At Fourth Street Clinic, the nonprofit health care provider that only serves those experiencing homelessness, 98% of patients live below 100% of the federal poverty level, but only 17-22% on a yearly average have been eligible for Utah's Medicaid Program due to categorical restrictions to income guidelines. For example, Utahns must fall below poverty thresholds and have a dependent living with them or be permanently disabled for longer than one year to qualify. With the U.S Supreme Court upholding the Affordable Care Act (ACA) in its entirety including the Medicaid Expansion, the foundation is laid to help States eliminate the categorical restrictions and expand coverage. If you are poor (making less than $15,000 a year which puts you below 133% of the federal poverty level), you will qualify for Medicaid - period. The ACA also legislates that for all new enrollees, federal funding will cover 100% of the program costs the first two years. It will not cost the States a penny. Federal funding will level out to 90% of the new enrollees Medicaid costs, which is still well above the 70% that is currently federally funded. This gives Utah a real opportunity to greatly increase the amount of resources that keep Utahns healthy, and Fourth Street Clinic aims to move homeless insurance rates from 22% to 60% of patients.
For homeless patients like Lura, health insurance may be a life saver. Lura contracted a rapidly-spreading skin infection in one of her legs in October 2011 and lives at The Road Home Shelter. Fourth Street Clinic treats her, but without health insurance and limited access to medical supplies, soap and water and a long-term place to elevate and rest her leg, her doctors are limited on the care they can provide. Despite oral antibiotics and weekly doctor visits, Lura's skin infection has taken over both of her feet and legs, and edema and poor circulation is causing skin ulcers. Her skin is purple, swollen and constantly oozing. She changes her bandages 3-times daily with supplies given to her through the clinic. "If she had health insurance," says her Fourth Street Clinic primary care provider Alissa Firmage, APRN, "I'd admit her into a long-term nursing care facility, so she can receive IV antibiotics and elevate her legs." For now, Lura remains at the shelter and calls 911 for emergency transport when the pain gets unbearable. Lura has had 4 ER visits so far in 2012.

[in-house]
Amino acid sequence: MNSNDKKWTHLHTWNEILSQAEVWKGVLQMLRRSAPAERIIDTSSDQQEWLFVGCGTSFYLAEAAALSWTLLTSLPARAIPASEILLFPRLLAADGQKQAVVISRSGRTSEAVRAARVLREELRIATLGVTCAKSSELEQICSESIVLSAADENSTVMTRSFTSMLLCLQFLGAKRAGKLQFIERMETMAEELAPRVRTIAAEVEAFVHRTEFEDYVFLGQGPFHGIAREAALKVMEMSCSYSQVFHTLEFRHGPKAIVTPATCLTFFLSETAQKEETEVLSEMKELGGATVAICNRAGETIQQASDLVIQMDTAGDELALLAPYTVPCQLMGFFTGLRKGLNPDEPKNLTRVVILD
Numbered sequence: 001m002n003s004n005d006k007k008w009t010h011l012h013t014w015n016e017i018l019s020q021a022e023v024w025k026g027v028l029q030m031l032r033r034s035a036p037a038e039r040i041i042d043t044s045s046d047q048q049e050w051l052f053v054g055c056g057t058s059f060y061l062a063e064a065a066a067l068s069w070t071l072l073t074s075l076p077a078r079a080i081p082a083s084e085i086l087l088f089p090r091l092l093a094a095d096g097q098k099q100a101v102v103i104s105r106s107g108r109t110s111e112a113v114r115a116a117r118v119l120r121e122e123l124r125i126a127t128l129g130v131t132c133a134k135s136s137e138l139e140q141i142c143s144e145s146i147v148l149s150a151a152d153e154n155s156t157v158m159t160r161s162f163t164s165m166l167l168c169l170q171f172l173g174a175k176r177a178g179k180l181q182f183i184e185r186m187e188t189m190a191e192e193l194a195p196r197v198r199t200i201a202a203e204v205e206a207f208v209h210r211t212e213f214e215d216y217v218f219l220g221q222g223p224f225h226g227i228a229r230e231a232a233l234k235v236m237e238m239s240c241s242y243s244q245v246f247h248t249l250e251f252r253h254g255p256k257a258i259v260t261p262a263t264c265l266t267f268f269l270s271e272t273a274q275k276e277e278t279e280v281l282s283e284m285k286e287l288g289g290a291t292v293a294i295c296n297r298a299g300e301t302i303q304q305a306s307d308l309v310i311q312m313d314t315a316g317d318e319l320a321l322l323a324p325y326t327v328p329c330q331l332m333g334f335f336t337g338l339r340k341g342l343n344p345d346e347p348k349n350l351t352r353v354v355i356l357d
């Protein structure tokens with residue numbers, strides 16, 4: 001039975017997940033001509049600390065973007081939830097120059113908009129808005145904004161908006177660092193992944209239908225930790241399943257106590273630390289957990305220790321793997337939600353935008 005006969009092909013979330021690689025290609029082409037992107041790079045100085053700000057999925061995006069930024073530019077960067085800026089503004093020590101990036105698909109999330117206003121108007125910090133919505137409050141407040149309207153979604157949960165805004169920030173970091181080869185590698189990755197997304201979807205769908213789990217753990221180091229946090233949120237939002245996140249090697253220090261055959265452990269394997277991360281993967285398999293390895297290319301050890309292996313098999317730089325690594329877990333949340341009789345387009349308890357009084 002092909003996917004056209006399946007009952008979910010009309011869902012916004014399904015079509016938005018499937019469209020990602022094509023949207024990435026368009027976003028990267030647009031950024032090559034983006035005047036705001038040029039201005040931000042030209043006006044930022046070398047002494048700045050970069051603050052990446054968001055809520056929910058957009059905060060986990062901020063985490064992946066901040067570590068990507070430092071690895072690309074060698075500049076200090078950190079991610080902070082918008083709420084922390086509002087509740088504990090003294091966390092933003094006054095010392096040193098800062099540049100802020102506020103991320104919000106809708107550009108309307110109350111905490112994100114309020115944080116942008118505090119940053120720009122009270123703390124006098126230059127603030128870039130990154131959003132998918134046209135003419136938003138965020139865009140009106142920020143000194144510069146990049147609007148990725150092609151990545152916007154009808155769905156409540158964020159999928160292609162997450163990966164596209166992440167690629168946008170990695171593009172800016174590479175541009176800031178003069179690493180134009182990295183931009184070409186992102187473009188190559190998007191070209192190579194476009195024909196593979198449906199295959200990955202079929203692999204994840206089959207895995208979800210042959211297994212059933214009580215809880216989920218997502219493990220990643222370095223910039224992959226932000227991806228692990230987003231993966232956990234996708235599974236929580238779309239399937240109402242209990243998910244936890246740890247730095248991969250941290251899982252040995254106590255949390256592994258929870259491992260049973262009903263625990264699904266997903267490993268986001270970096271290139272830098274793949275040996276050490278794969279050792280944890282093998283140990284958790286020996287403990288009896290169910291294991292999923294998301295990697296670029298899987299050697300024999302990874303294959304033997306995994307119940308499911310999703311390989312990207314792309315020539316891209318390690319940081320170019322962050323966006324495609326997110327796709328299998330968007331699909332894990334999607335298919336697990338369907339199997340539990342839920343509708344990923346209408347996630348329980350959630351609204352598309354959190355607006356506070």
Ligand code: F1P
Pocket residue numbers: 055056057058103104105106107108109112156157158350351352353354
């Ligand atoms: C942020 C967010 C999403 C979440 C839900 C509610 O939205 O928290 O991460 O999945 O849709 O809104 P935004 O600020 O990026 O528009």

In addition to making on-going treatments and primary care accessible to the poorest Americans, the Supreme Court also upheld the Individual Mandate. For homeless Utahns this has a less direct impact than the upholding of the Medicaid Expansion; however, it is the cornerstone piece of the law that addresses how to lower the overall cost of health care and health insurance rates and is the private insurance industry's best shot at competing for business based on the value of their product portfolio rather than simply avoiding risk - ie: rejecting or dropping people who are sick and high-cost customers.
For community health centers around the country, like Fourth Street Clinic, the ACA means secured funding to support services through the appropriation of federal dollars and the ability to get reimbursed through health insurance plans. The result being a financially strengthened community health system that is set to provide job opportunities in some of the poorest areas around the country while providing services that ensure the health of the very people living there. Now it is time to prepare for full implementation of the health reform law. As health care advocates, health centers will have a major role in creating public awareness and understanding of the law's benefits and protections and helping community residents who qualify to enroll with their Medicaid agencies and the Exchanges so they are able to gain the coverage they need and deserve.